Gabilan Ranch is an 11,190-acre working cattle ranch nestled in the Gabilan Mountain range in Monterey and San Benito Counties actively grazed by several hundred head of cattle. Wishing to keep the ranch whole and protect its conservation values, the owners—who have held the ranch since 1929—entered into a conservation easement with TNC in 2006. Under the easement, the owners must comply with some restrictions and also allow TNC to monitor the site for compliance once a year, including attention to the grazing intensity using a measure of residual dry matter (RDM) that remains on pastures at the end of the grazing season (September – October timeframe). The rangeland monitoring that is being conducted on the ranch is informing broader rangeland strategies for TNC and our partners across the state.
The ranch is critically located in the northern part of the Gabilan range, which is relatively un-fragmented and serves as an important connectivity area for wildlife like bobcats, mountain lions, and California tiger salamander. The range as a whole is an important ecological link between the coastal Santa Lucia and Santa Cruz mountains and the more arid interior Diablo ranges.
Like the larger range, Gabilan Ranch is dominated by chaparral and coastal scrub but also supports several ecosystem types and rare species—including the Gabilan manzanita—as a result of its isolation and unique geology. Due to its topography, location, and habitats, the ranch is used by a large number of raptors including golden eagles and California condors. The area’s natural beauty and rural character, combined with its proximity to Silicon Valley sprawl and suitability for viticulture, have spurred a rapid increase in population and development. Consequently, the very qualities that draw people to the area are threatened as rural lands, including rangeland and prime agricultural lands, are converted to residential developments, vineyards, and other commercial uses. This puts a strain on natural resources and on residents' quality of life as demands for surface and groundwater supplies increase, transportation infrastructure becomes inadequate, and affordable housing becomes increasingly scarce.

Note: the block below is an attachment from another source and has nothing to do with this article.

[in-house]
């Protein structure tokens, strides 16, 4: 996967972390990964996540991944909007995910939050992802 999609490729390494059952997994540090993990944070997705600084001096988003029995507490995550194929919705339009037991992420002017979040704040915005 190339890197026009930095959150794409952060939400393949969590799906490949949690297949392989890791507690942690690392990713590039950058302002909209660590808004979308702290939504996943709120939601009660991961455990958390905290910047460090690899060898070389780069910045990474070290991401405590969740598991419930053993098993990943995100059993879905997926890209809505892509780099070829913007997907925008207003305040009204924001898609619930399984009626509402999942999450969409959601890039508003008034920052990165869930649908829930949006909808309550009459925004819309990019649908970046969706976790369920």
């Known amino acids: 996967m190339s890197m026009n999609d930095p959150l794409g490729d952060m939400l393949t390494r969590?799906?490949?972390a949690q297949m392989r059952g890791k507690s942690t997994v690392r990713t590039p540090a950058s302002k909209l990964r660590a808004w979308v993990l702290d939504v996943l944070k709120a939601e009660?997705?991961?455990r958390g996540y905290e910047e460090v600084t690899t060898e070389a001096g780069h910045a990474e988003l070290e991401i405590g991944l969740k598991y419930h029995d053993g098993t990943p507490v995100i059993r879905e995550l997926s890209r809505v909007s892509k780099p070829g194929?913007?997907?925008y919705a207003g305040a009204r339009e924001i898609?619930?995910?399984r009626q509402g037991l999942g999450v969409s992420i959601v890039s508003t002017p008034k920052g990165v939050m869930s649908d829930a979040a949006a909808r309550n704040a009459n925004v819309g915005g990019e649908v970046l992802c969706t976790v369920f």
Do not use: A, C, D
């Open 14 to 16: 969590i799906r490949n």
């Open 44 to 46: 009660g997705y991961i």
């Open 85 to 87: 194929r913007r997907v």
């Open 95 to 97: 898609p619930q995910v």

Gabilan Ranch is an excellent example of how permanent conservation easements can preserve agricultural lands, conserve watersheds, and protect open space for the benefit of biodiversity and people and can help curb the undesired effects of the influences described above.